No Compromises Required | 2013 Chevrolet Cruze Eco

September 2012 View more

NMAG0912_ForTheRoad_1Why buy a hybrid? That’s the question that Chevrolet seems to ask with its delightful Cruze Eco, a version of its sharp Cruze sedan that maximizes the car’s fuel economy while creating a truly enjoyable driving experience.

The Cruze Eco’s engine speaks to the engineer’s art and science. It used to be that if you wanted to have fun driving, you chose a big V8, and if you wanted to save gas, you chose a small four-cylinder. But check out the Cruze Eco’s tiny turbocharged 1.4-liter four-cylinder. It makes the same 138 horsepower as the larger gas engine in other Cruzes, but it does so at much lower engine speed. Even better, it makes 148 pound-feet of torque, compared to 125 for the standard engine. The result? Lots of zip, virtually whenever you need it.

NMAG0912_ForTheRoad_3But with even a modicum of self-control, drivers do not get penalized for dipping into the engine’s power. Because with the standard six-speed manual transmission under hand, and the dashboard’s “upshift now” light as a guide, drivers can tap into that torque to get into higher, more efficient gears, more quickly. The result? Up to 28 miles per gallon in city driving, and up to 42 mpg on the highway. An automatic transmission is an option, but it slightly decreases the fuel economy rating.

With all this talk about technology, let’s not forget about the Cruze Eco being delightful. Great fuel economy is nice, but not if you’re miserable walking up to your car in a parking lot. The front-wheel-drive Cruze has sleek lines and a nicely executed cabin for a car at this price. Inside and out, it will be a pleasant surprise to anyone whose last reference point for small Chevrolets is the Cavalier.

The Cruze Eco’s engine and suspension invite both darting-in-and-out city driving and long left-lane interstate trips. In town, it’s flexible enough to let you claim an open spot in traffic at will. On the highway, the Cruze does its best imitation of a larger, heavier car—smoothly coasting along, engine calm and quiet, road noise mostly quelled.

The Cruze Eco also imitates larger, more expensive cars in another way: It boasts five-star crash test ratings in front and side collision tests.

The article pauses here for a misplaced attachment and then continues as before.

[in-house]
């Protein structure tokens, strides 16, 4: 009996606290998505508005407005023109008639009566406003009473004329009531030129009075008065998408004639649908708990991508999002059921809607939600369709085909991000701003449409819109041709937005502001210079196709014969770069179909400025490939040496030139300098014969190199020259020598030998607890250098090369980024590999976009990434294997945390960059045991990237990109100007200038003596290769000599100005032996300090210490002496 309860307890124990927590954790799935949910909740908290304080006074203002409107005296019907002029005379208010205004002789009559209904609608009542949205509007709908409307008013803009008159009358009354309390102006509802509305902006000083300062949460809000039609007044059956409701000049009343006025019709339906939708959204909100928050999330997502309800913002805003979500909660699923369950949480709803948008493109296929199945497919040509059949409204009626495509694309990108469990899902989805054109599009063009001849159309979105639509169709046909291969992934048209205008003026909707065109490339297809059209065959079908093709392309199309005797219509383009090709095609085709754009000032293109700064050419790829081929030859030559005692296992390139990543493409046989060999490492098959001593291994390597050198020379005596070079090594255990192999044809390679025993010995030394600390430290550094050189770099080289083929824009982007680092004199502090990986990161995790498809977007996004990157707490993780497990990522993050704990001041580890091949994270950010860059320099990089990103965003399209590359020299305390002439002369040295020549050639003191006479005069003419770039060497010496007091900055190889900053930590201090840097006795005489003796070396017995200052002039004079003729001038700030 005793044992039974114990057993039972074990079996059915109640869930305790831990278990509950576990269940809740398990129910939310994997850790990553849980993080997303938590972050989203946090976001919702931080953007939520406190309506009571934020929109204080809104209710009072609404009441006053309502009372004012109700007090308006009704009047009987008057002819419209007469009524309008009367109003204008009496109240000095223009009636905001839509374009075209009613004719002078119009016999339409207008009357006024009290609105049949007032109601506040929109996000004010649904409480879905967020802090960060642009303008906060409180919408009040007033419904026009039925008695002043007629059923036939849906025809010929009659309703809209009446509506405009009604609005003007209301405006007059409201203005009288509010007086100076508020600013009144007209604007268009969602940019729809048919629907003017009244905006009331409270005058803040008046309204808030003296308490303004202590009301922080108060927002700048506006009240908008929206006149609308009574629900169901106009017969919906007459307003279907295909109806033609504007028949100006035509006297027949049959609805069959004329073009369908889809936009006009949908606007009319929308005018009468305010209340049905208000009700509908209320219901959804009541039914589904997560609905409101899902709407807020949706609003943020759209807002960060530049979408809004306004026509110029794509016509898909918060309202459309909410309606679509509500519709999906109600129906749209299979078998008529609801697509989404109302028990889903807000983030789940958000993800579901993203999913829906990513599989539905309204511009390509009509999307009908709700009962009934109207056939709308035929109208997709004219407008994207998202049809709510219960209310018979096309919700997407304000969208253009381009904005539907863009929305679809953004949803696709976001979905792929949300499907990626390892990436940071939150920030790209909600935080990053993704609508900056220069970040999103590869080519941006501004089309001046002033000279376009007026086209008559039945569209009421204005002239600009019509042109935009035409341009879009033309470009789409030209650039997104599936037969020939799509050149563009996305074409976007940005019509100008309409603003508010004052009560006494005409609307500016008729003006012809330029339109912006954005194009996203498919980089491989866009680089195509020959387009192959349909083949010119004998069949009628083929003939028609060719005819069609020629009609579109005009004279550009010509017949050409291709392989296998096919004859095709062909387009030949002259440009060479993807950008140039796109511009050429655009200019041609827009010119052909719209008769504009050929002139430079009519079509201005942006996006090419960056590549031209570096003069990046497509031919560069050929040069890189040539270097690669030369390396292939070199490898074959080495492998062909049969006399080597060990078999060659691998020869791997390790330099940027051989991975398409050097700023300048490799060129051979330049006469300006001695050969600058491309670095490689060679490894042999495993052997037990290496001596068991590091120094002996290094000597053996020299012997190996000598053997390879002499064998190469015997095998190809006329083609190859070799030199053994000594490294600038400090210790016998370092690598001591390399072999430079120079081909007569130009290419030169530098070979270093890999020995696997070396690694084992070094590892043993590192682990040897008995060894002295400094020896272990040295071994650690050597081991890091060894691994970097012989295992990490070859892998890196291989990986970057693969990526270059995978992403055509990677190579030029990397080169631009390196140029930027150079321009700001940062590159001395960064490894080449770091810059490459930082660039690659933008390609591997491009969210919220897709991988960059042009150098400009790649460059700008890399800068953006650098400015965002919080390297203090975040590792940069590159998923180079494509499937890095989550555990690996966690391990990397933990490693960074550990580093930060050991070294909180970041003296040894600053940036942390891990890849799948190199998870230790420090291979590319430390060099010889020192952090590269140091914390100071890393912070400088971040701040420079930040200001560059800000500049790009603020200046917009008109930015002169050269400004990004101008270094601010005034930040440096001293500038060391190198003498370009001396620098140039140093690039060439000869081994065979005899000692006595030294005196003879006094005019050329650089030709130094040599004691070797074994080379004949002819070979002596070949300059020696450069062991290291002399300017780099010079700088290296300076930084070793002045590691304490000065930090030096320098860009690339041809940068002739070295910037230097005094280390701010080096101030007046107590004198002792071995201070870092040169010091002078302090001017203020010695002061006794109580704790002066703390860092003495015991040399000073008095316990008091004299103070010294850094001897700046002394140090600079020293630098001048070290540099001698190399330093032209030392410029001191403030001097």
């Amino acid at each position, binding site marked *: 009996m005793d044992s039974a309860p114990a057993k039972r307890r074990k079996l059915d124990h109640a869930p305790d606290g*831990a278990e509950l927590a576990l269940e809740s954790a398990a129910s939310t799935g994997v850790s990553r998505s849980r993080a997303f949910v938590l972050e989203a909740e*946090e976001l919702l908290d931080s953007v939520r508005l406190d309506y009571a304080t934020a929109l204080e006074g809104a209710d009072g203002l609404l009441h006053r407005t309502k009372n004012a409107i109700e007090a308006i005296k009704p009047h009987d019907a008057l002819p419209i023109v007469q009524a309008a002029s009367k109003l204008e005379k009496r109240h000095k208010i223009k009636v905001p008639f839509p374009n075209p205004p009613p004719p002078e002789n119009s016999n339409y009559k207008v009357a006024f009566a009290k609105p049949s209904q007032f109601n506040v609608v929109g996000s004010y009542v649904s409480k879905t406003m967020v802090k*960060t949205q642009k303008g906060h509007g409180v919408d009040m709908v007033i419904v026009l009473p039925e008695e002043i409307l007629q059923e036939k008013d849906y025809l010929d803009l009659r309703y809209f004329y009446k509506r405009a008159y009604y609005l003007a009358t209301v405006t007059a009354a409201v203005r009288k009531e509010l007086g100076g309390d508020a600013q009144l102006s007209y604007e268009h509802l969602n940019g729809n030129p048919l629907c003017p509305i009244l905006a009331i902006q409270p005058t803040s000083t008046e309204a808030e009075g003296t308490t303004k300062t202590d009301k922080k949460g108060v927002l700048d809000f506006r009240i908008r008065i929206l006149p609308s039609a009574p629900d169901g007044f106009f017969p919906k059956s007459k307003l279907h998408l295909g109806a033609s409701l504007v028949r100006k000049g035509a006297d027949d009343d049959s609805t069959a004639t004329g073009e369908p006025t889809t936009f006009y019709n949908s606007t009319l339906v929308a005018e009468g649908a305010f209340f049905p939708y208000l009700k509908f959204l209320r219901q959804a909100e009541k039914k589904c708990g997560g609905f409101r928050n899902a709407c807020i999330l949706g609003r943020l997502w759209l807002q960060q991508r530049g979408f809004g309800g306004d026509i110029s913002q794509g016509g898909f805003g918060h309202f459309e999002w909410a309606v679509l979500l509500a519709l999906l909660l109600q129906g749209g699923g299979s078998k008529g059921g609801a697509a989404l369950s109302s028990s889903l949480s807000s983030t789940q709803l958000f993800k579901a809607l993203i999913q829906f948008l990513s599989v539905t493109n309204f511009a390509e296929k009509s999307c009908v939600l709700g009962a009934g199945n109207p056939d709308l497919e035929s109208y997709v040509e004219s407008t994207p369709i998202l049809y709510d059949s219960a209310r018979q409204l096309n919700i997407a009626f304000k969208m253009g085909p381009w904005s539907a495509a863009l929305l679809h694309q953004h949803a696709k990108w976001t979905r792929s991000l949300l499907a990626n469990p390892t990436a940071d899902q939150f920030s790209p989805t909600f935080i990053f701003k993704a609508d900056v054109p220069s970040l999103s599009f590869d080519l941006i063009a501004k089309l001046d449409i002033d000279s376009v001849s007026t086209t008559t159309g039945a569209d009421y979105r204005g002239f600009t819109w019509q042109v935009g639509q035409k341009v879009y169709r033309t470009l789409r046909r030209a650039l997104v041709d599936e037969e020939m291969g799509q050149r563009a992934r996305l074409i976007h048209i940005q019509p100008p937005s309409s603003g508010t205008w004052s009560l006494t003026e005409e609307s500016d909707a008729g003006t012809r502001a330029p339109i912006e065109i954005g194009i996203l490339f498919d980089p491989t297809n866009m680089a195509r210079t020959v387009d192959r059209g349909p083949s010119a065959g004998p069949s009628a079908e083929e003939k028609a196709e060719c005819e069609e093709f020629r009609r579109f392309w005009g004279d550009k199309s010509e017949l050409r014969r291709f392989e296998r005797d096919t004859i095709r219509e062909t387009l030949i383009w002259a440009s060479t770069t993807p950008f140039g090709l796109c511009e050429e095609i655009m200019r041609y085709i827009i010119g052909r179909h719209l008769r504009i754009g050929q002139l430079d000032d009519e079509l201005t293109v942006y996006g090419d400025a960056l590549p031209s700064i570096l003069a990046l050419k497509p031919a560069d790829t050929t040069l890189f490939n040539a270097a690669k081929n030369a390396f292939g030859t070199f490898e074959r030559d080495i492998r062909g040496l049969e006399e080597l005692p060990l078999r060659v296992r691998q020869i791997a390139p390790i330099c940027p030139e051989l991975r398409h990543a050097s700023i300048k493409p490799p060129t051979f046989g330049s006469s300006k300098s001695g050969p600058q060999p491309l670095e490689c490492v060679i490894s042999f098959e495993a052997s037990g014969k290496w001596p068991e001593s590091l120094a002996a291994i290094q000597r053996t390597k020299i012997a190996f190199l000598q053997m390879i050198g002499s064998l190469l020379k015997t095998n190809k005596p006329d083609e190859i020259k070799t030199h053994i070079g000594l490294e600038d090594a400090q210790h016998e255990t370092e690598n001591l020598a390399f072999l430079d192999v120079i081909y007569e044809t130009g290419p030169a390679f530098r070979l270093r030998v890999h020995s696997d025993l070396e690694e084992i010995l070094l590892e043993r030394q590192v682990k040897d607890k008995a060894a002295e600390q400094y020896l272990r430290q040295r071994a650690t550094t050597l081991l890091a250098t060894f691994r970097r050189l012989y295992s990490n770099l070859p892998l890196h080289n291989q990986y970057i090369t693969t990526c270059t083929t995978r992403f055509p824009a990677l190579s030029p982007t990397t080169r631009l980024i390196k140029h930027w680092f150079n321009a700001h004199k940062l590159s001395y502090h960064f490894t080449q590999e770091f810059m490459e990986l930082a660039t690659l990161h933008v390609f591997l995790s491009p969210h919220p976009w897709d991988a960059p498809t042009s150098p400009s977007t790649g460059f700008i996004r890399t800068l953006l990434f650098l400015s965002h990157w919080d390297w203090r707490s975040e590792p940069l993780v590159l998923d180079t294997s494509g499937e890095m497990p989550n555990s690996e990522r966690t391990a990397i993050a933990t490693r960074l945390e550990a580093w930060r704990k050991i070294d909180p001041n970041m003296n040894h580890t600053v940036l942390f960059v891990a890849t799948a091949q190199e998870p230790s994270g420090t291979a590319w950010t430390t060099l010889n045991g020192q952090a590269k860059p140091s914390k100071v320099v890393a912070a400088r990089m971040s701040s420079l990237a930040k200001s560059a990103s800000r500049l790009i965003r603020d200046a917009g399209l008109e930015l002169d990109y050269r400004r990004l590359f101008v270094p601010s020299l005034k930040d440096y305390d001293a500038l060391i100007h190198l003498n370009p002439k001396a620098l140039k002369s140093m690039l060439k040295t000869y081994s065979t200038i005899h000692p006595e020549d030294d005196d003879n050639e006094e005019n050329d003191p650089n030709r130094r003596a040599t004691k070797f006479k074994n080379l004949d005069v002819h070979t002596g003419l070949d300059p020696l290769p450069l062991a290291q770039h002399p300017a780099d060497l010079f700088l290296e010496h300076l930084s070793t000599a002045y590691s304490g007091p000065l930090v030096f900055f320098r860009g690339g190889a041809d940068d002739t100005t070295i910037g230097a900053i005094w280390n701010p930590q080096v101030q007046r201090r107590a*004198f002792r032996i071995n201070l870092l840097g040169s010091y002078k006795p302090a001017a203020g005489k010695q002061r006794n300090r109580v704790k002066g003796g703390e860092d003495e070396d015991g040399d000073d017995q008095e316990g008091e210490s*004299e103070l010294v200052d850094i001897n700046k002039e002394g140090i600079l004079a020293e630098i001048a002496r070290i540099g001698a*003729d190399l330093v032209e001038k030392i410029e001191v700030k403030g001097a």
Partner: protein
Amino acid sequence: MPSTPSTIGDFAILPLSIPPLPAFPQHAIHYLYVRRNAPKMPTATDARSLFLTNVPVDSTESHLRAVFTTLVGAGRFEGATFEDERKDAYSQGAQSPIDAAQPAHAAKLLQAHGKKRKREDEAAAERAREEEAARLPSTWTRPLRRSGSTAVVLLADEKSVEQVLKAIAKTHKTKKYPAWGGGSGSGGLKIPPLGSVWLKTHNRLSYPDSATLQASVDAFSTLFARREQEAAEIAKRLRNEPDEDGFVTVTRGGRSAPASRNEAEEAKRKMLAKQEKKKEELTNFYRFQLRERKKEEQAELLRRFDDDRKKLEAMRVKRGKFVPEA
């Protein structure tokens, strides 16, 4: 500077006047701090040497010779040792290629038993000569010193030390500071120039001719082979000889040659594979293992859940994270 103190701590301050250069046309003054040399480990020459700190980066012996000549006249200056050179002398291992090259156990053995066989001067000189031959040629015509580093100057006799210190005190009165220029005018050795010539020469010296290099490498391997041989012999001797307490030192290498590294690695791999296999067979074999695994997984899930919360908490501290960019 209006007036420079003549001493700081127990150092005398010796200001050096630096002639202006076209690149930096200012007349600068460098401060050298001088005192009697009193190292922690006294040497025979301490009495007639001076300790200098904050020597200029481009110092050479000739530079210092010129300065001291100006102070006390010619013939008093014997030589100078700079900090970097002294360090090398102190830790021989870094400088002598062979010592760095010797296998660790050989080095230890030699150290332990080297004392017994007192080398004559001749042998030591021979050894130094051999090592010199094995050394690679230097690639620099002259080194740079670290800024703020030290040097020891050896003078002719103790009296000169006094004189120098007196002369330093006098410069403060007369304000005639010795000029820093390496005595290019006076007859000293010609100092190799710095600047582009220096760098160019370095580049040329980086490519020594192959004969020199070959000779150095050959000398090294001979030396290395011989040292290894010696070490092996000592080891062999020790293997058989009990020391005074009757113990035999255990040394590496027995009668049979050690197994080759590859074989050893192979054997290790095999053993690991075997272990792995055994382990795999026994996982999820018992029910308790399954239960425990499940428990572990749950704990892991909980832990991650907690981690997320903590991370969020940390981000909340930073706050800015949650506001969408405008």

The Cruze Eco faces a range of worthy competitors, from the Honda Civic and Toyota Corolla to the Hyundai Elantra and Mazda3. But one of the most interesting showroom comparisons is to Chevy’s own high-mileage champ, the plug-in electric Volt.

NMAG0912_ForTheRoad_2Like the Cruze Eco, the Volt is a pleasure to drive and the Volt’s sleek design is a rolling billboard for both advanced technology and the driver’s commitment to the environment. But look at the numbers, and the Cruze Eco might be a better choice for some families. It seats five to the Volt’s four. It has more front and rear headroom and legroom, and more overall passenger volume. It also has a much bigger trunk. And it has a sticker price that’s less than half of the Volt’s.

Granted, the Cruze Eco has no plug, so you will be paying for gas rather than electricity. But if you have a lengthy highway commute, that up-front cost savings and the promise of 42 mpg, might just tip the scale.

As of this writing, prices were not available for the 2013 model, but expect a slight increase over the 2012 Chevy Cruze Eco’s $19,325 window sticker. While the Eco’s standard features will satisfy many buyers, two option packages are worth considering. One adds a power-adjustable driver’s seat, a rearview camera, and heated side mirrors; the other adds a blind spot detector, a rear “cross-traffic” alert, and rear parking sensors.

Photos courtesy of General Motors.